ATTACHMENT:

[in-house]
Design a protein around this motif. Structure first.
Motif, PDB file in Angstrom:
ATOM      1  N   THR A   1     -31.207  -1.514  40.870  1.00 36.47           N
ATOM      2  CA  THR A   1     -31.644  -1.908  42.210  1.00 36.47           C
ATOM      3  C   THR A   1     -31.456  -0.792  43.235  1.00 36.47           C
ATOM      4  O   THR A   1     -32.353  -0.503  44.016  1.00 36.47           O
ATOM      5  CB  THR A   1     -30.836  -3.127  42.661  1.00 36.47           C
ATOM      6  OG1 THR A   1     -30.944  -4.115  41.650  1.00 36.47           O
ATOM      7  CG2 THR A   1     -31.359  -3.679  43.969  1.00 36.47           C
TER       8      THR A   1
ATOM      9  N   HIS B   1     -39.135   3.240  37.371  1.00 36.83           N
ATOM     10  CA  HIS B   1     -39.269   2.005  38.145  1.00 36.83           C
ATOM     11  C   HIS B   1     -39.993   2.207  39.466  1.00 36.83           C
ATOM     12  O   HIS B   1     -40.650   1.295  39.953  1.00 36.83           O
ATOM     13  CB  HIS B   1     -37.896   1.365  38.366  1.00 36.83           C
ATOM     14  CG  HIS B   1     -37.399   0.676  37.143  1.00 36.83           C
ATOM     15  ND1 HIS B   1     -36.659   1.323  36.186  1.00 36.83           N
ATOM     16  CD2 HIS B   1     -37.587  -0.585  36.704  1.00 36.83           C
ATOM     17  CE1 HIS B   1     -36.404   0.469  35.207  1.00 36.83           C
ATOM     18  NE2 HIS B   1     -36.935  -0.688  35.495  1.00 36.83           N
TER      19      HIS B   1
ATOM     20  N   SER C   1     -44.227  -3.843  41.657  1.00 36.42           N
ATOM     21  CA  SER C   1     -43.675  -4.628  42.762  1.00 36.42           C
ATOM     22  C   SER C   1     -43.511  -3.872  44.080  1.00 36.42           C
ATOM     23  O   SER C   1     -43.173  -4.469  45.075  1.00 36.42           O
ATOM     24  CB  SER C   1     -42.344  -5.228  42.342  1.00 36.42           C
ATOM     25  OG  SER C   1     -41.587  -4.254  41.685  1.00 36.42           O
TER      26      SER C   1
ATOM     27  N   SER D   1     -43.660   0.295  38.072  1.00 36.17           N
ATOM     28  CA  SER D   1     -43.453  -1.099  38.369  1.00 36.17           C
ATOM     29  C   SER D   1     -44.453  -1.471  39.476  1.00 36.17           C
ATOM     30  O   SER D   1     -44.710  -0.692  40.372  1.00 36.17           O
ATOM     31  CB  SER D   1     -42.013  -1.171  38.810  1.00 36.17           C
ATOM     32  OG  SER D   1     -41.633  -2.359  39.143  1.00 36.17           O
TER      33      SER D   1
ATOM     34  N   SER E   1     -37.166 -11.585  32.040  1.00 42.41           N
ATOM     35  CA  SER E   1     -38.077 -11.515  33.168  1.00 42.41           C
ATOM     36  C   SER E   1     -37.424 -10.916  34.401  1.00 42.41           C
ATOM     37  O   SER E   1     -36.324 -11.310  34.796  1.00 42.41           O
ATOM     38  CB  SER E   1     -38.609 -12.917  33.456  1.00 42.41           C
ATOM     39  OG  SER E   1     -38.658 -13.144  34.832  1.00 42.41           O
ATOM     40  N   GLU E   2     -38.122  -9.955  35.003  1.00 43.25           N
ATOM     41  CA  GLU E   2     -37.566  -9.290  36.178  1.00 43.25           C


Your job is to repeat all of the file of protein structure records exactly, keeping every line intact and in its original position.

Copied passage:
[in-house]
Design a protein around this motif. Structure first.
Motif, PDB file in Angstrom:
ATOM      1  N   THR A   1     -31.207  -1.514  40.870  1.00 36.47           N
ATOM      2  CA  THR A   1     -31.644  -1.908  42.210  1.00 36.47           C
ATOM      3  C   THR A   1     -31.456  -0.792  43.235  1.00 36.47           C
ATOM      4  O   THR A   1     -32.353  -0.503  44.016  1.00 36.47           O
ATOM      5  CB  THR A   1     -30.836  -3.127  42.661  1.00 36.47           C
ATOM      6  OG1 THR A   1     -30.944  -4.115  41.650  1.00 36.47           O
ATOM      7  CG2 THR A   1     -31.359  -3.679  43.969  1.00 36.47           C
TER       8      THR A   1
ATOM      9  N   HIS B   1     -39.135   3.240  37.371  1.00 36.83           N
ATOM     10  CA  HIS B   1     -39.269   2.005  38.145  1.00 36.83           C
ATOM     11  C   HIS B   1     -39.993   2.207  39.466  1.00 36.83           C
ATOM     12  O   HIS B   1     -40.650   1.295  39.953  1.00 36.83           O
ATOM     13  CB  HIS B   1     -37.896   1.365  38.366  1.00 36.83           C
ATOM     14  CG  HIS B   1     -37.399   0.676  37.143  1.00 36.83           C
ATOM     15  ND1 HIS B   1     -36.659   1.323  36.186  1.00 36.83           N
ATOM     16  CD2 HIS B   1     -37.587  -0.585  36.704  1.00 36.83           C
ATOM     17  CE1 HIS B   1     -36.404   0.469  35.207  1.00 36.83           C
ATOM     18  NE2 HIS B   1     -36.935  -0.688  35.495  1.00 36.83           N
TER      19      HIS B   1
ATOM     20  N   SER C   1     -44.227  -3.843  41.657  1.00 36.42           N
ATOM     21  CA  SER C   1     -43.675  -4.628  42.762  1.00 36.42           C
ATOM     22  C   SER C   1     -43.511  -3.872  44.080  1.00 36.42           C
ATOM     23  O   SER C   1     -43.173  -4.469  45.075  1.00 36.42           O
ATOM     24  CB  SER C   1     -42.344  -5.228  42.342  1.00 36.42           C
ATOM     25  OG  SER C   1     -41.587  -4.254  41.685  1.00 36.42           O
TER      26      SER C   1
ATOM     27  N   SER D   1     -43.660   0.295  38.072  1.00 36.17           N
ATOM     28  CA  SER D   1     -43.453  -1.099  38.369  1.00 36.17           C
ATOM     29  C   SER D   1     -44.453  -1.471  39.476  1.00 36.17           C
ATOM     30  O   SER D   1     -44.710  -0.692  40.372  1.00 36.17           O
ATOM     31  CB  SER D   1     -42.013  -1.171  38.810  1.00 36.17           C
ATOM     32  OG  SER D   1     -41.633  -2.359  39.143  1.00 36.17           O
TER      33      SER D   1
ATOM     34  N   SER E   1     -37.166 -11.585  32.040  1.00 42.41           N
ATOM     35  CA  SER E   1     -38.077 -11.515  33.168  1.00 42.41           C
ATOM     36  C   SER E   1     -37.424 -10.916  34.401  1.00 42.41           C
ATOM     37  O   SER E   1     -36.324 -11.310  34.796  1.00 42.41           O
ATOM     38  CB  SER E   1     -38.609 -12.917  33.456  1.00 42.41           C
ATOM     39  OG  SER E   1     -38.658 -13.144  34.832  1.00 42.41           O
ATOM     40  N   GLU E   2     -38.122  -9.955  35.003  1.00 43.25           N
ATOM     41  CA  GLU E   2     -37.566  -9.290  36.178  1.00 43.25           C